"I SHOWED UP TO SUPPORT AN ISSUE I CARE ABOUT. I LEFT REFUELED IN MY PURSUIT OF A BETTER FUTURE FOR THE PLANET AND MY FELLOW HUMANS." - Heather McDougall, Bogobrush co-founder and ceo
On April 29th, my husband David and I stepped into the Mall in Washington D.C. for our first ever D.C. march. We had driven from Detroit to march with more than 200,000 other Americans in the People's Climate March. It was the hottest April 29th on record in D.C. - over 90 degress F - and still we all marched, almost further empowered by the unordinary heat, from the Capitol Building, to the White House and then to the rally at the Washington Monument.
When I reflect on that day, my mind floods with ideas for continuing the ripple effect of the march. In the coming weeks and months, I'll work on bringing those ideas to life. My first step is this post to share my experience with you, including: the march, the rally for climate justice, the reminders of my passion and how honored I am to connect with you. Read it all or scroll to pick and choose. :)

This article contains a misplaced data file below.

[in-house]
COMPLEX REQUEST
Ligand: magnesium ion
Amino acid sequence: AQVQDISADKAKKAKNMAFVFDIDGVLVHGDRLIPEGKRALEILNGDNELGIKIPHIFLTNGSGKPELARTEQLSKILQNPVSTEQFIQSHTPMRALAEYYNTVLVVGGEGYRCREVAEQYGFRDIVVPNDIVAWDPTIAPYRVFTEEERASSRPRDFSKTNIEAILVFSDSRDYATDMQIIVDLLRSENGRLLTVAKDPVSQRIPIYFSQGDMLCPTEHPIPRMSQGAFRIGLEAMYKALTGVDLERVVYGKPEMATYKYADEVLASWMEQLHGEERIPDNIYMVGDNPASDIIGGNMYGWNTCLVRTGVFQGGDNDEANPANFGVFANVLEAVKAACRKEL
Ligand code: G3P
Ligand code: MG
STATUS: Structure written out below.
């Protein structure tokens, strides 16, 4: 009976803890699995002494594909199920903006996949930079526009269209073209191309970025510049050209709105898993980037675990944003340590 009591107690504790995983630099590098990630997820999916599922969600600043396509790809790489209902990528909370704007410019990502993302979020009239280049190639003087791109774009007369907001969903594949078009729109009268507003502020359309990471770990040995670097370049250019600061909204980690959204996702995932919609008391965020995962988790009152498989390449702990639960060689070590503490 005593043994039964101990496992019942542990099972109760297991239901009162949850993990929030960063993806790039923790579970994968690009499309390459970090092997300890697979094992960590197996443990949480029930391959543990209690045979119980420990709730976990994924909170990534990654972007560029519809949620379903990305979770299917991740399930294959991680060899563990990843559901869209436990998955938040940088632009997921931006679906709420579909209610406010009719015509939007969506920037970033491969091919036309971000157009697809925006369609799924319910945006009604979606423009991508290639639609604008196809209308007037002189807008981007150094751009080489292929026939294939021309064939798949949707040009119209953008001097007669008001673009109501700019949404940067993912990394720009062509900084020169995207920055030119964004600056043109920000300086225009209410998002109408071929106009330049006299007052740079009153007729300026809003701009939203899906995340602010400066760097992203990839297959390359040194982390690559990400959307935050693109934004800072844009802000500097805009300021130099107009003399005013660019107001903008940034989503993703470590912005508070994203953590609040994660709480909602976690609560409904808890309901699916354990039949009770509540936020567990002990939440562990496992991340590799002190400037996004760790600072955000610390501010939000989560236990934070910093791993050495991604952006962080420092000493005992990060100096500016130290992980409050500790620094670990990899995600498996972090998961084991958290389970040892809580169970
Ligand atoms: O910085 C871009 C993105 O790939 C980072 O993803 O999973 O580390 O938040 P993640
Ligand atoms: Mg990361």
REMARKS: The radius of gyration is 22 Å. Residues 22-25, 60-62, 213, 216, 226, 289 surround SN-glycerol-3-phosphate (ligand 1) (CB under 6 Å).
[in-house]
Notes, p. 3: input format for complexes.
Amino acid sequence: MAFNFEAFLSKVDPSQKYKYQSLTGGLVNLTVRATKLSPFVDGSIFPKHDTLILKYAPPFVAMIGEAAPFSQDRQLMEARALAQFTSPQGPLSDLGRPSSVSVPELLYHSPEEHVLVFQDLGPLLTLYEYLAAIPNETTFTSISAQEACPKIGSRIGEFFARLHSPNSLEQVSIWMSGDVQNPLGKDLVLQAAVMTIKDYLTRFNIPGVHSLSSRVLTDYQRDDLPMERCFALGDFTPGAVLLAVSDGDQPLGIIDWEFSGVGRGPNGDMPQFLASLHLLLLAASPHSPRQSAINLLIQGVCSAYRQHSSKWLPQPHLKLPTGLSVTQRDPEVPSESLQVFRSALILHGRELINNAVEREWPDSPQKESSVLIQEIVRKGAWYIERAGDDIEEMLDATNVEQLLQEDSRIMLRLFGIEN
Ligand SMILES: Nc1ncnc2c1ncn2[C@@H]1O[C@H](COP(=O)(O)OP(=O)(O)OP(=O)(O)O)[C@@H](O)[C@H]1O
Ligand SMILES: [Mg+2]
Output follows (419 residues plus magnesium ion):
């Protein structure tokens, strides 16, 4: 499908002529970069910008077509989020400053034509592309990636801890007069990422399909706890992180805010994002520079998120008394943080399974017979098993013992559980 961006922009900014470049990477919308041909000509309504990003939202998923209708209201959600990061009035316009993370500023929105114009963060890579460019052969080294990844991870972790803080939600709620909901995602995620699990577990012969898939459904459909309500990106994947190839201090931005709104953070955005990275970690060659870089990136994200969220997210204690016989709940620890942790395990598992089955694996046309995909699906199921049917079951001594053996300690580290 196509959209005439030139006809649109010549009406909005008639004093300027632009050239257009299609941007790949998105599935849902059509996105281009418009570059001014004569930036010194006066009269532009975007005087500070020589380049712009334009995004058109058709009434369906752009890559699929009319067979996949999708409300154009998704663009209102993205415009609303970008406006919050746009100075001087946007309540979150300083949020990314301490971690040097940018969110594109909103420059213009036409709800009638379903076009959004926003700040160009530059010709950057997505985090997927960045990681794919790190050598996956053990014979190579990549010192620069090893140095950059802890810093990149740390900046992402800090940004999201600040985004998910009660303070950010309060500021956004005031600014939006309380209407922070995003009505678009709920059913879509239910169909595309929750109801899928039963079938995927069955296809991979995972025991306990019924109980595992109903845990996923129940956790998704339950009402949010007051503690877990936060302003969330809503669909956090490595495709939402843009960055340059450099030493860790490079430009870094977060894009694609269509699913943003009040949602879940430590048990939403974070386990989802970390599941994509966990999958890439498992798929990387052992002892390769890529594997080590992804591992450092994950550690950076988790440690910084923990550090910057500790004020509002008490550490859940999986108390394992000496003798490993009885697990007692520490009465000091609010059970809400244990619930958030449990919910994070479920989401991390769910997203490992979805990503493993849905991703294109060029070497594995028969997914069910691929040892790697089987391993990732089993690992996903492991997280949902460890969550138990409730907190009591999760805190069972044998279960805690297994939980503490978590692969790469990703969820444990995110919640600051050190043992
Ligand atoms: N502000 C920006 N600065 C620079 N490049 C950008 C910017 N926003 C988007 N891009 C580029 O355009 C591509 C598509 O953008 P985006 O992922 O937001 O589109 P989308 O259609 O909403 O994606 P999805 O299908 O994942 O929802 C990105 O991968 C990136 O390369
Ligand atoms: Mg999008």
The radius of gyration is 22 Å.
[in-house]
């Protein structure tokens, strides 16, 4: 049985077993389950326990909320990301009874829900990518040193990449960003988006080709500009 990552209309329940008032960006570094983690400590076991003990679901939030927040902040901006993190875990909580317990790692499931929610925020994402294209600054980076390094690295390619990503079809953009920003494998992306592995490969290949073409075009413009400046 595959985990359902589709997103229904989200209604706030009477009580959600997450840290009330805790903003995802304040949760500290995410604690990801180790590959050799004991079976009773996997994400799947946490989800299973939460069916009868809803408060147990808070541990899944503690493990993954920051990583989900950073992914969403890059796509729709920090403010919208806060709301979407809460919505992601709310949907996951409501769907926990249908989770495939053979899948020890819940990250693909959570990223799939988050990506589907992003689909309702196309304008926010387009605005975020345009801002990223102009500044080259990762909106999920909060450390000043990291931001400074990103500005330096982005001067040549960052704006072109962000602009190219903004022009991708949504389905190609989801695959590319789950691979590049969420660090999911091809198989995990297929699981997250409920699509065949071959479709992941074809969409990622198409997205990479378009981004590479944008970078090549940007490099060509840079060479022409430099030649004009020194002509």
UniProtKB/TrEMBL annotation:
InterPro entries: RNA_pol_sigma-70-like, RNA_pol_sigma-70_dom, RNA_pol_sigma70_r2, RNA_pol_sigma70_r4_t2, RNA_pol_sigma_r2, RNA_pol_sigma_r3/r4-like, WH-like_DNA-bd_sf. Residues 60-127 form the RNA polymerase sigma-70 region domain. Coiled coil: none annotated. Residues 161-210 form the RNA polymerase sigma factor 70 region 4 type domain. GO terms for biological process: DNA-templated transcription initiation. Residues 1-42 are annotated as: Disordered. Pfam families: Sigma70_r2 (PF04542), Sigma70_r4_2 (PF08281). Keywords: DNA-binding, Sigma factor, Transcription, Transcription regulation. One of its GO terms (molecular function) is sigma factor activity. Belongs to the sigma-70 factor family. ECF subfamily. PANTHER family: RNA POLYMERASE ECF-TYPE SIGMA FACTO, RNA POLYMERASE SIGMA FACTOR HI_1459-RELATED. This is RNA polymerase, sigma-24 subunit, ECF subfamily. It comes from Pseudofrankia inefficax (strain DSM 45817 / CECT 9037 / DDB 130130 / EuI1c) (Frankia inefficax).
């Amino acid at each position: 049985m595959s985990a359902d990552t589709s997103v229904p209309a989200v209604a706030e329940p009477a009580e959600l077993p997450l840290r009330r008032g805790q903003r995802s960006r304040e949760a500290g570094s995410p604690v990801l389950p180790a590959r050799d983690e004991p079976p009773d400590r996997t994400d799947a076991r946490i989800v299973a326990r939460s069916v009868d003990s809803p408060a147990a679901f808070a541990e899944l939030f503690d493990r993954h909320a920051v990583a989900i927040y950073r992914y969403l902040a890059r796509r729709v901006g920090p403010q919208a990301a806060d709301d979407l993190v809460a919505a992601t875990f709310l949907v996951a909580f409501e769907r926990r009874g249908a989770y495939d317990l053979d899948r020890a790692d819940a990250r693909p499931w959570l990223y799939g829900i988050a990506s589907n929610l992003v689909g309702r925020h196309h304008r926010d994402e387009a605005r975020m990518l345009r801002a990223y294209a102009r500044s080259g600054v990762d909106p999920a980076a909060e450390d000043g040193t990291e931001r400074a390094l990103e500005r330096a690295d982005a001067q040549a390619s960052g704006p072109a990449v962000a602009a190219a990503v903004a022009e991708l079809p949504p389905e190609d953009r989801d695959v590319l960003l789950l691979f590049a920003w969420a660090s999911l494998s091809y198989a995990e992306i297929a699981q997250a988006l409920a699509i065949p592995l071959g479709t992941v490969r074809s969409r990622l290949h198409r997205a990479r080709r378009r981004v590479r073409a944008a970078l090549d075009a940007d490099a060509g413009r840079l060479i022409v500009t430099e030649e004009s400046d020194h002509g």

The organizers created a nifty line-up guide structured for us to line up with a theme group of our choice. Despite their encouragement to not worry about a perfect fit, I still wondered, "Where do I belong? I'm a woman, but do I belong in the "Creators of Sanctuary" group? What about Dave? Or, maybe I'm a health community member because of Bogobrush and because I teach yoga. Or am I better fit for the general environmental activist group?"
Before the march kicked off, we surveyed the scene by starting at the end of the lineup. The experienced D.C. marchers were obvious with signs rigged up perfectly on poles and backpacks and parachutes with messaging visible from a birds-eye view.